Saturday, September 19, 2015

The Sphere in the Void

A chain of value proceeds like so: I value X because X supports or furthers Y, I value Y because Y supports or furthers Z, Z I simply value in itself, Z is what I want.

A chain of inference is similar: I believe Z is true because it is supported by statements Y, X, and W, I believe Y because it is supported by statements T, U, and V, I believe T because it is supported by Q, R, and S, which are my first principles or my basic presuppositions, or my Lenses.

Thus it is for all chains within the world: one link is supported by another link and so on, but its terminus comes down to human satisfaction. There is simply a point at which we stop digging and are content with the situation as it stands. This is not laziness, this is not the result of us failing to be rigorous, this is the necessary state of human endeavor. For if we continue digging - that is, if we fail to accept something as being desired without further justification or something as being true without further evidence - we eventually come to nothingness.

This is the picture of life as a sphere in the void:  a sphere formed by chains of desire and inference overlapping, connecting to one another, providing context for one another, but ultimately connected to nothing. We imagine that in those places where we terminate our chains there should be an Absolute, but no Absolute makes itself apparent. The chains hang on nothing, and therefore there is no chain that cannot be removed as nothing supports it save other removable chains.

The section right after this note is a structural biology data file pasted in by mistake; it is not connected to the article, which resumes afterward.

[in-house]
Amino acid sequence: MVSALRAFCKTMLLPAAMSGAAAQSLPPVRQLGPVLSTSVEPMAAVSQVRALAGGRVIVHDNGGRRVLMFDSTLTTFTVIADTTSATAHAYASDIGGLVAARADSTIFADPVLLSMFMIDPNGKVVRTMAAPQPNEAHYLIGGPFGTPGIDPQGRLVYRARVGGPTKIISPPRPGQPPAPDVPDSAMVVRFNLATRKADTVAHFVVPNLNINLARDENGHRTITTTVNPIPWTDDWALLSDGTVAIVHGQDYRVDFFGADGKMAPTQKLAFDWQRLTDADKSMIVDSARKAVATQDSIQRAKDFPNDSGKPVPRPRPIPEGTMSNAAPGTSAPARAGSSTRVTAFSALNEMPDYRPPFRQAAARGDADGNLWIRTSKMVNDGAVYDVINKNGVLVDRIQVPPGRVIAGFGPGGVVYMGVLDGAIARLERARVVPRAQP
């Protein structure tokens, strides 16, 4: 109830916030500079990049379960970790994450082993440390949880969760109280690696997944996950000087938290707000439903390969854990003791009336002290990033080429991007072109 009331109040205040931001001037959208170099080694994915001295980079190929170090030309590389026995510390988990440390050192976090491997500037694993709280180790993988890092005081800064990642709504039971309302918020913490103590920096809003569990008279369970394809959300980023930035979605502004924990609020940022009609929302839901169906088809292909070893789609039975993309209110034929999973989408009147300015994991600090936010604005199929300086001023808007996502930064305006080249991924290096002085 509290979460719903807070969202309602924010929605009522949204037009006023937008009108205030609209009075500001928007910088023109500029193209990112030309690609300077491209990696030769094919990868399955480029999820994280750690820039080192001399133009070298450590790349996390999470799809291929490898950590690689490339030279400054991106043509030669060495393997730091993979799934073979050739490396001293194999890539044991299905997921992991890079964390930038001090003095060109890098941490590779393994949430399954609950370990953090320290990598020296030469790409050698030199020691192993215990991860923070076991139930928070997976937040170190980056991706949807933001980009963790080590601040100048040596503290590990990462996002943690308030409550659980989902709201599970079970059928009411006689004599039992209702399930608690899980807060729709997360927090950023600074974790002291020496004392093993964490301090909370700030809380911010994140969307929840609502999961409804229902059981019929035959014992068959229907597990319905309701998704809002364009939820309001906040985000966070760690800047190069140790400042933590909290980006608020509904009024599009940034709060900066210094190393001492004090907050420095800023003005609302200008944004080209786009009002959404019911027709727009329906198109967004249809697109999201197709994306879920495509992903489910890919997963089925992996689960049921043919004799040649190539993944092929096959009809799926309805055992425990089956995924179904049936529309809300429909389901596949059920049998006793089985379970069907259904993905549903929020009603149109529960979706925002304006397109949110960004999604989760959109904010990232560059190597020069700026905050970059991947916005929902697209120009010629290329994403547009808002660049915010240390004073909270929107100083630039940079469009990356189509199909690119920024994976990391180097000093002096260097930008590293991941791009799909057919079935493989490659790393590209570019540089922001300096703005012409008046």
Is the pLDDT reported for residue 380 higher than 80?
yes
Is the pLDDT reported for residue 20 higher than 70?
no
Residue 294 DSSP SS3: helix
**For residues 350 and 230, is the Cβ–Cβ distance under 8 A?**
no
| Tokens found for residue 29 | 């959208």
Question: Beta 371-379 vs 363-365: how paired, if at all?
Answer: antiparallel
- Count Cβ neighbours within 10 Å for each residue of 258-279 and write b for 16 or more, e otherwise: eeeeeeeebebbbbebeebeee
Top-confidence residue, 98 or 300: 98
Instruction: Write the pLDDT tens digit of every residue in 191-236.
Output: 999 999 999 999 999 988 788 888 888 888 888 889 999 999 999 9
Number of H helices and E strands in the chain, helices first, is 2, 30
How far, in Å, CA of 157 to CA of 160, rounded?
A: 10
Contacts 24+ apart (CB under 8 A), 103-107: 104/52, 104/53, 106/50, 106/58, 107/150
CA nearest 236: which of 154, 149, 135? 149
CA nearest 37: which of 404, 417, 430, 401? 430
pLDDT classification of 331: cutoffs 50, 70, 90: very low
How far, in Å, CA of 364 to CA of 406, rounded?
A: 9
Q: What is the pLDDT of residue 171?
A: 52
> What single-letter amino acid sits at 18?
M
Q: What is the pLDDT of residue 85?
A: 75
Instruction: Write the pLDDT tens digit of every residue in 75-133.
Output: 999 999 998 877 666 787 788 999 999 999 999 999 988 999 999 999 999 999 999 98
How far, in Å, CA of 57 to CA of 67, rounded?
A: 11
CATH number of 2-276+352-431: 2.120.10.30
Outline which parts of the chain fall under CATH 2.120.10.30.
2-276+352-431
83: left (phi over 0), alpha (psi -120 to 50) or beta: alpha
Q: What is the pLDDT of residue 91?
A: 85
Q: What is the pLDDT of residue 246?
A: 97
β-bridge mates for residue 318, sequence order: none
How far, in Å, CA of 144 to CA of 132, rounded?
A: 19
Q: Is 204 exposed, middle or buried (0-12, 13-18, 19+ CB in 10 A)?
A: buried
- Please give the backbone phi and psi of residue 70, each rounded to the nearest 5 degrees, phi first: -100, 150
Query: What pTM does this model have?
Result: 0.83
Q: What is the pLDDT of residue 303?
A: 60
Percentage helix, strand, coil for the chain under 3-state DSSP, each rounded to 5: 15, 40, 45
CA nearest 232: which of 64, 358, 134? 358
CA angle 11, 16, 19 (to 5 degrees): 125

This tempts us into nihilism. For this means that there is nothing out there that holds our social world together. In lieu of those absolutes, however, we can find rest, but responsibility, in seeing that the social world is held together by that same human satisfaction that provides the terminus to our chains. Human nature provides the overarching context that the sphere resides in, rather than an unchanging Absolute. We find rest knowing that we can continue forward, a system still in place. We have responsibility in knowing that we are fully capable of shaping our values and epistemologies - possibly to destructive ends.

For the individual, however, this has the consequence of meaning that every puzzling question does not puzzle us because its answer is unclear. It is puzzling because we must choose the prime desire or the first principle that we shall choose to live with. The active shaping of our worlds is full of opportunity for us to introduce insanity; it is full of opportunity for us to forge a better system for ourselves.

What then might we use as a guiding principle in all this? If our world exists in the context of our own nature, then authenticity is the route to our satisfaction.

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